The Information Center of IMCAS is collaborating with the interna-
1. World Directory of Culture Collections (CCINFO).
Directory of all registered culture collections: 652 collections from 70 countries/regions.
Cell lines: 31,178
Can be browsed by country, region, or acronym. Can be searched by collection, strains, or keyword. Drill-down information and statistics on culture collections—including key collection personnel, subject coverage (e.g., agriculture, biotechnology), preservation methods, culture availability criteria, services, and entry and update information.
2. CCINFO Strains.
List of holdings of registered culture collections.
3. Reference Strain Catalogue.
Provides access to the reference strains listed by the ISO TC 34 SC 9 Joint Working Group 5 and by the Working Party on Culture Media of the International Committee on Food Microbiology and Hygiene (ICFMH-WPCM) from its Handbook of Culture Media for Food and Water Microbiology.1
4. Analyzer of Bio-resource Citations (ABC).
A platform to support researchers in checking literature citations. Data-mines 3,005 journals; years 1953-2012. Can search by paper, patent, and strain number. Offers drill-down statistics on most-referenced strains. Users can upload their own papers.
tional Barcode of Life (iBOL) project,4 and with the China Central DNA Barcode of Life program. WDCM collaborates with multiple collections throughout the world to advance the field and to organize educational workshops and symposia. WDCM also cooperates with the International Organization for Standardization (ISO) to develop the WDCM Reference Strain Database for all microbial resources in conformance with ISO standards, and all of this information is available to the public.
Ma believes that the WDCM can make contributions to microbial forensics and perhaps serve as another model for information on culture
5. Global Catalogue of Microorganisms (GCM).
A free information-service platform to help culture collections to manage, disseminate, and share information related to their holdings. Fifty-two different collections from 25 countries. By year end 2014, there will be 100 collections. Small collections will be offered support in creating their own linking homepages. Includes detailed strain information (e.g., patents, sequences, bioinformatics analysis), related citations, isolation sources, geographic origin, phylogenetic analysis, species identification, and access to online exchange of data. Drill-down information available for countries. Searches can be refined by collection, temperature, organism type, and isolation origin, and can be displayed in multiple formats. Android version available; iPad version soon to be released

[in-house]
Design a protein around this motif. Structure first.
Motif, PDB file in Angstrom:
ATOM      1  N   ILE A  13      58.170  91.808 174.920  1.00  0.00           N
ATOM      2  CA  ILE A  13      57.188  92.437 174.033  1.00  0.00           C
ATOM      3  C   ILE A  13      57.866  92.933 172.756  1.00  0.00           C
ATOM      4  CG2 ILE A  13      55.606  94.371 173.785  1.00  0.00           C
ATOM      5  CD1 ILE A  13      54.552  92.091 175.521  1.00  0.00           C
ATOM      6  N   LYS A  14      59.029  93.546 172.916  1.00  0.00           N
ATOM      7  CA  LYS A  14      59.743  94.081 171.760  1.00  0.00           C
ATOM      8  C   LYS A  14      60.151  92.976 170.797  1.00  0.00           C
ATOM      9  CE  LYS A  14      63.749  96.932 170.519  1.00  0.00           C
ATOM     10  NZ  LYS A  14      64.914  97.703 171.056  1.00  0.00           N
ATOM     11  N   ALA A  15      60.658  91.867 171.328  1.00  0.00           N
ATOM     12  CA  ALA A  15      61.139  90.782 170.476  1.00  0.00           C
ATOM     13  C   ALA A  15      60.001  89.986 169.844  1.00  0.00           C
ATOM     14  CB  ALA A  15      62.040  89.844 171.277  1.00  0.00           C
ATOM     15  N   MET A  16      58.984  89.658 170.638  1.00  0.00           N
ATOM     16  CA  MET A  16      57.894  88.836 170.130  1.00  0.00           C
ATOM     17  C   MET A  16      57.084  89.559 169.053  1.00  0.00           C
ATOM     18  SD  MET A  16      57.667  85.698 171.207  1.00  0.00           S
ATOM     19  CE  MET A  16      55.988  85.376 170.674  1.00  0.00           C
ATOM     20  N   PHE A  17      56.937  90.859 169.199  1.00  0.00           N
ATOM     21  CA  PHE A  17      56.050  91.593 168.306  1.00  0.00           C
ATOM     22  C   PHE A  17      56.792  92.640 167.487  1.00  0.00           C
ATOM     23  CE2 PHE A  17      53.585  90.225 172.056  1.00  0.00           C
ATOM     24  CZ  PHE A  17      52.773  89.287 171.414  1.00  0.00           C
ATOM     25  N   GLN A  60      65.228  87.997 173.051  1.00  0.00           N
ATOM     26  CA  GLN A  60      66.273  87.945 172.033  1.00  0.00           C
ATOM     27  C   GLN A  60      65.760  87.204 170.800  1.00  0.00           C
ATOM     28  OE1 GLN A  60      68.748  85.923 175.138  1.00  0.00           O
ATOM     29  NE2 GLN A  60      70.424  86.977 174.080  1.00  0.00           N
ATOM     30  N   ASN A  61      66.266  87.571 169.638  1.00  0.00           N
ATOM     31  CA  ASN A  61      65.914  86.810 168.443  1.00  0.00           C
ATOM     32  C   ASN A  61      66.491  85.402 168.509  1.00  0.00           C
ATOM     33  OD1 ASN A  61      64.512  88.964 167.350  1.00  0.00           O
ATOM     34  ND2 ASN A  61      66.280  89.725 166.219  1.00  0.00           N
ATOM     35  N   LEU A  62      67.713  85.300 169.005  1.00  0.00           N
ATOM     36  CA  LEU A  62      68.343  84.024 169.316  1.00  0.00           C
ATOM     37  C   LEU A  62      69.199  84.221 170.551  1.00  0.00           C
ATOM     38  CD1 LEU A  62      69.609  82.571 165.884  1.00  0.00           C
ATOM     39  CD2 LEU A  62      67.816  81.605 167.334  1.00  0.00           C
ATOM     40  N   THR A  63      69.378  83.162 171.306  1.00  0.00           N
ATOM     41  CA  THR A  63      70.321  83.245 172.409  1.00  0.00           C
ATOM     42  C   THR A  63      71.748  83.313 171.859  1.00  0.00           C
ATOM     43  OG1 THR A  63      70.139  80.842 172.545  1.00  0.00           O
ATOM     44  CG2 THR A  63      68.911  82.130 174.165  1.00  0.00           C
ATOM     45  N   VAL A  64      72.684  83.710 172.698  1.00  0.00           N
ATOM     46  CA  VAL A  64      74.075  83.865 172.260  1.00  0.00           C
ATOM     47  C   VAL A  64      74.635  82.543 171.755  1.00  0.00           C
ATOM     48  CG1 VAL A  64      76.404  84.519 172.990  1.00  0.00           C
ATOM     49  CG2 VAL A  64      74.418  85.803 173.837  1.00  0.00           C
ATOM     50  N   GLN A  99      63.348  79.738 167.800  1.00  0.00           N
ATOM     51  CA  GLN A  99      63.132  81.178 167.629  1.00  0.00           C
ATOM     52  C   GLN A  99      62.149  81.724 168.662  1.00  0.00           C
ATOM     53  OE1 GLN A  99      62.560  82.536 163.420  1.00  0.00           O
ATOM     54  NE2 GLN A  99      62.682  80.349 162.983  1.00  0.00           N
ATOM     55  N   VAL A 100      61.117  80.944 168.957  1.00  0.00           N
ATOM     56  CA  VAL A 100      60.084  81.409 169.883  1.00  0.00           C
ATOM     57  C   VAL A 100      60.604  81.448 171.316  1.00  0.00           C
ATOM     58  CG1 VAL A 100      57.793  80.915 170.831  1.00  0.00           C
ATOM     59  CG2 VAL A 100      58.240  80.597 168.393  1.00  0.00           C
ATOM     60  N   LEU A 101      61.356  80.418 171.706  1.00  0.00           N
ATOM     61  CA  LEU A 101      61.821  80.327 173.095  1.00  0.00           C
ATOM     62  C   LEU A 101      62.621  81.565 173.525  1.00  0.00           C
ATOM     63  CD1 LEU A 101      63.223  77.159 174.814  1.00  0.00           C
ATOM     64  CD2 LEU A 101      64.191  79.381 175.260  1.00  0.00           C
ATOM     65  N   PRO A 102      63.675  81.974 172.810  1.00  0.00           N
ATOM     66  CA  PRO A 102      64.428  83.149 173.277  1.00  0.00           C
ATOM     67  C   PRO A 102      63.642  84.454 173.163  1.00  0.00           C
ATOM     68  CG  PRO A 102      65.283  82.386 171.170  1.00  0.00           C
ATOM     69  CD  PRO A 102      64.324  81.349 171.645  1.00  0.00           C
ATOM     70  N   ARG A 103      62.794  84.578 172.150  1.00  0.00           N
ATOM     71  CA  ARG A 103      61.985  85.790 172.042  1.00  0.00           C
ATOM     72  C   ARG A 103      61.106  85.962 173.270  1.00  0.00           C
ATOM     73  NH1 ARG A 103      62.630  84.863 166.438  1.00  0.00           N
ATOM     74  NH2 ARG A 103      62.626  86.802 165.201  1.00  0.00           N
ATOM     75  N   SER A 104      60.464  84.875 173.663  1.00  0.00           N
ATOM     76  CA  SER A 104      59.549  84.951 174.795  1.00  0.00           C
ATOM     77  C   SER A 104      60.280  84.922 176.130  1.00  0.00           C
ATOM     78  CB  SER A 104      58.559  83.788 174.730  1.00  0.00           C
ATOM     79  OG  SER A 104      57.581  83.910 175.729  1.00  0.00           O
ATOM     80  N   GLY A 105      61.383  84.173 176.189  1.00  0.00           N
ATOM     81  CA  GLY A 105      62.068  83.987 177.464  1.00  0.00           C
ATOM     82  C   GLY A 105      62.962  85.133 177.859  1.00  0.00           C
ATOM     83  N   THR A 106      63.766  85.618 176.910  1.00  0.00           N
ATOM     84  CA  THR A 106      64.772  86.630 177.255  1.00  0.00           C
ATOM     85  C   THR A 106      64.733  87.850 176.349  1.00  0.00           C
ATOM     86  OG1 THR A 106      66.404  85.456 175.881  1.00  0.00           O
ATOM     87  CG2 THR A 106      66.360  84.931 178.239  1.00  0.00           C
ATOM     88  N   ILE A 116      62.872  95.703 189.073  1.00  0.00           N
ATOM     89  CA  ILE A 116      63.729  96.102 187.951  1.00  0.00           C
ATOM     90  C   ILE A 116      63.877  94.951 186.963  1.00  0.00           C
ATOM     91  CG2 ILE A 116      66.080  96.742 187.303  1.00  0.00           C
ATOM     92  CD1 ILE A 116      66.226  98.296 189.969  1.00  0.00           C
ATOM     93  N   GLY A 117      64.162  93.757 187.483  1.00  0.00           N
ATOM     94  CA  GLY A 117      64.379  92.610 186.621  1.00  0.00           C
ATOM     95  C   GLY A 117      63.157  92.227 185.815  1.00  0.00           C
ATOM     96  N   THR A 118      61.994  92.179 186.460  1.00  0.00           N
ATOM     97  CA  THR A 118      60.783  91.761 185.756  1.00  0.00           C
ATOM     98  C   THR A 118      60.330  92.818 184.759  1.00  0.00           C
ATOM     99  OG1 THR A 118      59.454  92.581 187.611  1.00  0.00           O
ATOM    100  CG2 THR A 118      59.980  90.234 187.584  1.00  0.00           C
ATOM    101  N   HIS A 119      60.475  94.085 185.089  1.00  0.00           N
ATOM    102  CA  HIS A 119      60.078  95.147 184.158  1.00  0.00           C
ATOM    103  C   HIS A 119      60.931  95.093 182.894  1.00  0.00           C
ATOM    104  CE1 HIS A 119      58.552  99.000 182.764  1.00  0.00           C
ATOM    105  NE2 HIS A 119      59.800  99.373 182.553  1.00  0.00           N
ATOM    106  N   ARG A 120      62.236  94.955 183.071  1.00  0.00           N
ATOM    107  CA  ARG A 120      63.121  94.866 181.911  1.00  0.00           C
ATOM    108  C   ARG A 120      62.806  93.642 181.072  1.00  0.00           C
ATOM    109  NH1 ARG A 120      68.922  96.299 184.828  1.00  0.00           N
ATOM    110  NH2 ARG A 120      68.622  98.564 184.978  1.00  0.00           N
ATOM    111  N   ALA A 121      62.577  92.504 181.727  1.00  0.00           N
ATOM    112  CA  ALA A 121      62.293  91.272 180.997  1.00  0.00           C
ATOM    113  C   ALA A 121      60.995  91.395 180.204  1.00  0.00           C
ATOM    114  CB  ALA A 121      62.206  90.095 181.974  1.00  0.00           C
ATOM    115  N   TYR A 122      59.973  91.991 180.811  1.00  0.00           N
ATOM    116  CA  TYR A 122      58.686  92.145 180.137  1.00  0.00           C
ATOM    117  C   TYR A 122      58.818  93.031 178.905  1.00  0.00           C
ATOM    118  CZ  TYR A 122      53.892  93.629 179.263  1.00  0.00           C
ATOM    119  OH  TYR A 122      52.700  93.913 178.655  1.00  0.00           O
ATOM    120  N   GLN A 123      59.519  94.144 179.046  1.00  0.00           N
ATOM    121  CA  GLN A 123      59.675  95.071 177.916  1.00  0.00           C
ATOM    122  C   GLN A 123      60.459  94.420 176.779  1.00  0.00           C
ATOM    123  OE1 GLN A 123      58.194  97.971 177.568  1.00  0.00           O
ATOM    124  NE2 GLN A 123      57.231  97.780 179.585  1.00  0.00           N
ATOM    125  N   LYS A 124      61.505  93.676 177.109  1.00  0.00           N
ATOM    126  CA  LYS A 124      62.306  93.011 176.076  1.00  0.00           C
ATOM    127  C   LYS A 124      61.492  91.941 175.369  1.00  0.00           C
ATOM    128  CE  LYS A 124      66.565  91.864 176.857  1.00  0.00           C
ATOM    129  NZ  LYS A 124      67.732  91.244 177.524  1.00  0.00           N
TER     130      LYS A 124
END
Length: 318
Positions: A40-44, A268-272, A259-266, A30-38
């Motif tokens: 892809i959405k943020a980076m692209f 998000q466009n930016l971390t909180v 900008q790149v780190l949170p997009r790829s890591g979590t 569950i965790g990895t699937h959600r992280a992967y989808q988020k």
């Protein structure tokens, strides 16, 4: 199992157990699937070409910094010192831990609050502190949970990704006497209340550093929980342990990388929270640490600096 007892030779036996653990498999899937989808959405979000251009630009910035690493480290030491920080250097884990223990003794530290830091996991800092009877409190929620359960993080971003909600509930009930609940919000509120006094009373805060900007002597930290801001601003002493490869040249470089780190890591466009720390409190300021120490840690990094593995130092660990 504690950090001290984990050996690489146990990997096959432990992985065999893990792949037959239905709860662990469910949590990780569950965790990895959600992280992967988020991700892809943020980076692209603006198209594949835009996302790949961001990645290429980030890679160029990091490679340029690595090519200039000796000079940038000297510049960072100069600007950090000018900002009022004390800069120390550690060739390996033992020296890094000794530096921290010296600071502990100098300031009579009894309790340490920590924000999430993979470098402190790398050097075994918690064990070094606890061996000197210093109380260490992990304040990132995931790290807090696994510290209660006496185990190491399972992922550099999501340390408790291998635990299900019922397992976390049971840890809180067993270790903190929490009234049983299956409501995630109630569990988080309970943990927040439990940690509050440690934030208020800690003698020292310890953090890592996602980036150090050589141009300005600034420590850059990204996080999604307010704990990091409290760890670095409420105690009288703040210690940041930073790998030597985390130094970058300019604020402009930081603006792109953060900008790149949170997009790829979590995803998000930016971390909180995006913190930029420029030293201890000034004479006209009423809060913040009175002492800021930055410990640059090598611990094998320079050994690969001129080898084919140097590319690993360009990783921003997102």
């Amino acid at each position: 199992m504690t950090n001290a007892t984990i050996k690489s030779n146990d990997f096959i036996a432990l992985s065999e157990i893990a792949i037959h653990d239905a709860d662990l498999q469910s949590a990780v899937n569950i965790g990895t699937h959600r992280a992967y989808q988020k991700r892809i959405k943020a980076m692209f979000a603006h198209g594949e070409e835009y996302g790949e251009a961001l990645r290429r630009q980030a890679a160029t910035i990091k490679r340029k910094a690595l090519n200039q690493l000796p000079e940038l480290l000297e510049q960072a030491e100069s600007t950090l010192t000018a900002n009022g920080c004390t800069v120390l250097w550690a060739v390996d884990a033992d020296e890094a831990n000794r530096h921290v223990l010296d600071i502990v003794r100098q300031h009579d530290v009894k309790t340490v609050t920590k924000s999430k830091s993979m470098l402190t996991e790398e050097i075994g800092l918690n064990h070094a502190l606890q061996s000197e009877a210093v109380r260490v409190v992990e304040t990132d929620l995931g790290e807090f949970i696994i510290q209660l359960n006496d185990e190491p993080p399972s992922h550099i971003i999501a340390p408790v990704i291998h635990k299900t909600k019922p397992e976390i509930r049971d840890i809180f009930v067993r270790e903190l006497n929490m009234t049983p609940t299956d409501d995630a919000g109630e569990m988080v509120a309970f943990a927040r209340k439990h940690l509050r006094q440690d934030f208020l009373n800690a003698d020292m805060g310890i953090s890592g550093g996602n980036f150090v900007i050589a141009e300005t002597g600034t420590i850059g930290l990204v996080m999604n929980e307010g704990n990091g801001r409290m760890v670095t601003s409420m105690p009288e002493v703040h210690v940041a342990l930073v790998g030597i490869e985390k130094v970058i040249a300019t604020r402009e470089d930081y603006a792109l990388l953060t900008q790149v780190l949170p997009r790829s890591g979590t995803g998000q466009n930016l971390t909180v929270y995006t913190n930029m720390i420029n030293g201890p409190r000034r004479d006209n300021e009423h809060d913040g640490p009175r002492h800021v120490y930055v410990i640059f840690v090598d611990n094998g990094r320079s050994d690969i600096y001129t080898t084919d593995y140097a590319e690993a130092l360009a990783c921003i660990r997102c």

6. Statistics on Organism Patents.
Via collaboration with World Intellectual Property Organization, information and statistics on patents associated with culture collections.
Nomenclature—National Center for Biolotechnology Information, Species 2000, List of Prokaryotic Names with Standing in Nomenclature.
Metagenome—Joint Genome Institute (JGI, U.S. Department of Energy). Metagenome portal, European Bioinformatics Institute Metagenomics, metagenome submission guide.
8. The World Directory of Culture Collections.
Book. Sixth version will be released in 2014; 191 collections updated their information in 2013.
SOURCE: Ma presentation, 2013.
collections and databases. Issues that should be addressed by all culture collections before sharing would include
- Data standards: What do we need? What can we share? Minimum datasets (MDS) and recommended datasets (RDS). Range of microorganisms and software development.
- Data policy, software availability for data sharing, data club (should it be member only?). The data in WDCM’s Global Catalogue are currently open to all.
Ma proposed development of a Global Catalogue for Microbial Forensics, as outlined in Box 6-10. He noted that a Global Microbial Forensics Catalogue and its knowledge base would make the discipline more vis-
|Proposed Content:||Proposed Functions:|
SOURCE: Ma presentation, 2013.
ible, and pointed out that it is much easier to begin cooperative efforts among stakeholders when working in the information field. Working groups could be organized to address information issues.